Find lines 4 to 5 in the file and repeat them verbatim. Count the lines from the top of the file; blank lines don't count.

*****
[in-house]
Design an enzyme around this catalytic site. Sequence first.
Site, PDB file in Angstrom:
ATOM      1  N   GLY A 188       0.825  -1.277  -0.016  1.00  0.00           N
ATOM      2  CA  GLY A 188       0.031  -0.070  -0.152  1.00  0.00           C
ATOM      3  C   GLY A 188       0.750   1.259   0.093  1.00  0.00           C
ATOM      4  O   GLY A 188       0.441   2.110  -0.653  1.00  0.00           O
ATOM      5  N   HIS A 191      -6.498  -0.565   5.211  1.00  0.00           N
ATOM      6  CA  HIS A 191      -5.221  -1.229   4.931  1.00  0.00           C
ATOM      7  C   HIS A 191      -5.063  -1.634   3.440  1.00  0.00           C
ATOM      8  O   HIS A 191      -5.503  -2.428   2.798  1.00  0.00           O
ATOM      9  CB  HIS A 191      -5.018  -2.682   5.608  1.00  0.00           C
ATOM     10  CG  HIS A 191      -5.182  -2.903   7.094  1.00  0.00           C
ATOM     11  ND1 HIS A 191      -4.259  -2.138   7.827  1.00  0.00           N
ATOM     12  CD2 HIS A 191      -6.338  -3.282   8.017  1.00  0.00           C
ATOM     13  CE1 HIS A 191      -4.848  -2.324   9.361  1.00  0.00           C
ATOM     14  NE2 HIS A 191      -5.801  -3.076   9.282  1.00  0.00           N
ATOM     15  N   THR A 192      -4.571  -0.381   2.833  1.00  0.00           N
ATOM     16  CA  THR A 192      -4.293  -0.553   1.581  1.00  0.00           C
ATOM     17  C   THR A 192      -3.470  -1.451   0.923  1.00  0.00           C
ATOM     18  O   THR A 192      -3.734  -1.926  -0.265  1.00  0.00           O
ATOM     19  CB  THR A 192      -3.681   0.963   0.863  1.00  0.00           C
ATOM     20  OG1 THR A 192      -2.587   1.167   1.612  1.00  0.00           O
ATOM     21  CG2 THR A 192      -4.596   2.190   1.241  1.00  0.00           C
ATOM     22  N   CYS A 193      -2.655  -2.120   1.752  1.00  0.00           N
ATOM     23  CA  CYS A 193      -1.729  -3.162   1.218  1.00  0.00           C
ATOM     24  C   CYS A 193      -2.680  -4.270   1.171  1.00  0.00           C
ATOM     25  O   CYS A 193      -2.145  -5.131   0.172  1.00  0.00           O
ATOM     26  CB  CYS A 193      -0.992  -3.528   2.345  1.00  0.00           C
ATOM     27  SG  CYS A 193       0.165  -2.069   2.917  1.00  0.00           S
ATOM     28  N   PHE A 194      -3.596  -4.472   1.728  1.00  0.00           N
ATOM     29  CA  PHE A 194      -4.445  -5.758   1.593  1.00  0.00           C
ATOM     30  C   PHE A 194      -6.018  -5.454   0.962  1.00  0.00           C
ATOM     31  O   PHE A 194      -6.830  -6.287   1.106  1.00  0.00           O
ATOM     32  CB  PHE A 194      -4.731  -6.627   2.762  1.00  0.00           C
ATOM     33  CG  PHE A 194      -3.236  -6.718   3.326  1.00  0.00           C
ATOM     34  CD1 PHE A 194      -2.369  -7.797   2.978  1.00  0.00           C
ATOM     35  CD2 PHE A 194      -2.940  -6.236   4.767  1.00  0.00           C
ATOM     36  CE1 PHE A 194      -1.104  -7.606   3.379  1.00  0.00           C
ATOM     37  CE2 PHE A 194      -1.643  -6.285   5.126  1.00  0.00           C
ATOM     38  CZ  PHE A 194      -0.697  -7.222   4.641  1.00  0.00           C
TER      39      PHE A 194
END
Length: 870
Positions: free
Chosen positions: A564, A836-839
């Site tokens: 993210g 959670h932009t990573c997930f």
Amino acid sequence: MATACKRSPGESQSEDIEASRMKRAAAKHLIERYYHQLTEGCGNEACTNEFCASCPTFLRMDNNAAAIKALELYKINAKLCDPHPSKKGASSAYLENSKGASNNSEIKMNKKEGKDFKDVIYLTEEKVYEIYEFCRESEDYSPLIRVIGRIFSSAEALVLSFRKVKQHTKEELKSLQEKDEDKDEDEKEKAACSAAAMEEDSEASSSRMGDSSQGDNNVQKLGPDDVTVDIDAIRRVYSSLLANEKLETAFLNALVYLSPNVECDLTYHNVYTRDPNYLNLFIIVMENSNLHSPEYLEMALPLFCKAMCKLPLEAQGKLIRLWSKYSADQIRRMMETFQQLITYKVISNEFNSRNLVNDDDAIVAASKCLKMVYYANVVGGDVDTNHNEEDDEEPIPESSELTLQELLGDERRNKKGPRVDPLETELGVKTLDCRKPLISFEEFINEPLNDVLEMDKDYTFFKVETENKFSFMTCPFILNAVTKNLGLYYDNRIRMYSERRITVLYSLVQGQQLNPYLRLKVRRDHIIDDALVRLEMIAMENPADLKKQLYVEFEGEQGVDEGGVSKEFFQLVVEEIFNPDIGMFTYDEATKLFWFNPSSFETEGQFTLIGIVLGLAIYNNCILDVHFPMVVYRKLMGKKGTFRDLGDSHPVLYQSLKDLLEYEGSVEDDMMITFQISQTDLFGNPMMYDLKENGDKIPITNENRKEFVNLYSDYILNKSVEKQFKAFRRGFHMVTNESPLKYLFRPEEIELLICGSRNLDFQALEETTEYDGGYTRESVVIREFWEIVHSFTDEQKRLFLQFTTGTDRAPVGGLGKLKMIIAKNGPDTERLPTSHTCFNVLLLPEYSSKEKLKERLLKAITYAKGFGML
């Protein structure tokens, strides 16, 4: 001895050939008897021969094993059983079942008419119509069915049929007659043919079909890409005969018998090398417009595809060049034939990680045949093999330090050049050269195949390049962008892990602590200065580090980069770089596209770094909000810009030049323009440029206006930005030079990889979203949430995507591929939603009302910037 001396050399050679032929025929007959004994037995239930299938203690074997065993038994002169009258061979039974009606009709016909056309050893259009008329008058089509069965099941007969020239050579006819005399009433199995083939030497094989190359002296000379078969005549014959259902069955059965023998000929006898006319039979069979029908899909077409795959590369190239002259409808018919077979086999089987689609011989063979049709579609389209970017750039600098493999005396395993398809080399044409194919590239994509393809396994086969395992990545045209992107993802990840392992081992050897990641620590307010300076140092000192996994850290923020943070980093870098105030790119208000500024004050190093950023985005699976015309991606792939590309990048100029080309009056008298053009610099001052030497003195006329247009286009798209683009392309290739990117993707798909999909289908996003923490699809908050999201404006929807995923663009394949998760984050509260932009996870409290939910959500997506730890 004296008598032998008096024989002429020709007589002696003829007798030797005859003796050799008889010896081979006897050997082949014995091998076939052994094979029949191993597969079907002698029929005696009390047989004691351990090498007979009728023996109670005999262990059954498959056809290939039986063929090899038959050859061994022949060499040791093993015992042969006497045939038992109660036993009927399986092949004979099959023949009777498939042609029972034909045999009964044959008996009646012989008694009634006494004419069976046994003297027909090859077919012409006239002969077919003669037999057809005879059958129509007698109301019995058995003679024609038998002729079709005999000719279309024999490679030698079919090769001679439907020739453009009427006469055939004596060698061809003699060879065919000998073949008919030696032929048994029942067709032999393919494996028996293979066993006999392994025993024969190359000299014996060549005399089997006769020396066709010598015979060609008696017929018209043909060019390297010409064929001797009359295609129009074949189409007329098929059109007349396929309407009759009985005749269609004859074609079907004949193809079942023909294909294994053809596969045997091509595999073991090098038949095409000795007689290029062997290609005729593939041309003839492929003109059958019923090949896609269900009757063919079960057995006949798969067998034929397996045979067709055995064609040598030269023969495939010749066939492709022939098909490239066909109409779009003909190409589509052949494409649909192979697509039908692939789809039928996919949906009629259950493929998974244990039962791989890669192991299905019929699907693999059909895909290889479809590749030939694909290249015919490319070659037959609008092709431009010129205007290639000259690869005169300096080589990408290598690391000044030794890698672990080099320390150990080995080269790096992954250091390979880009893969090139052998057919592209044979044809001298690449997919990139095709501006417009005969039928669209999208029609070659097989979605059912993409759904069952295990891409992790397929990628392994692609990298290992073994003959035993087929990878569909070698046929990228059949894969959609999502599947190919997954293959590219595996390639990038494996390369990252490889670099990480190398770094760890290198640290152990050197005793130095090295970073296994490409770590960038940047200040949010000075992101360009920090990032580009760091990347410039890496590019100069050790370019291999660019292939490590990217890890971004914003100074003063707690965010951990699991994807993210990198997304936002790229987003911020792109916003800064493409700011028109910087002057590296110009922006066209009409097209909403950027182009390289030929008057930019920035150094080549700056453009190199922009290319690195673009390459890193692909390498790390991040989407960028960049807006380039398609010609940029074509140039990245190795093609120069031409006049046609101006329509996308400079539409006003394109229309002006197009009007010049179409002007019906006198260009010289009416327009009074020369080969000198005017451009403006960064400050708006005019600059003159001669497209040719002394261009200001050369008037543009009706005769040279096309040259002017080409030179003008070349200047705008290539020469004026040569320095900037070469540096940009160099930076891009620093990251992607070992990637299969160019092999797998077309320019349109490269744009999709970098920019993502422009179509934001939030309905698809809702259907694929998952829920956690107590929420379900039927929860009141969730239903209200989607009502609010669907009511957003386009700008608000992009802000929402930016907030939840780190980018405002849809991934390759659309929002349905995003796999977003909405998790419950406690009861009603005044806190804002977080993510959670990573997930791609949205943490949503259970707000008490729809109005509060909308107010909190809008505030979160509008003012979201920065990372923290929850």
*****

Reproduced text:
ATOM      1  N   GLY A 188       0.825  -1.277  -0.016  1.00  0.00           N
ATOM      2  CA  GLY A 188       0.031  -0.070  -0.152  1.00  0.00           C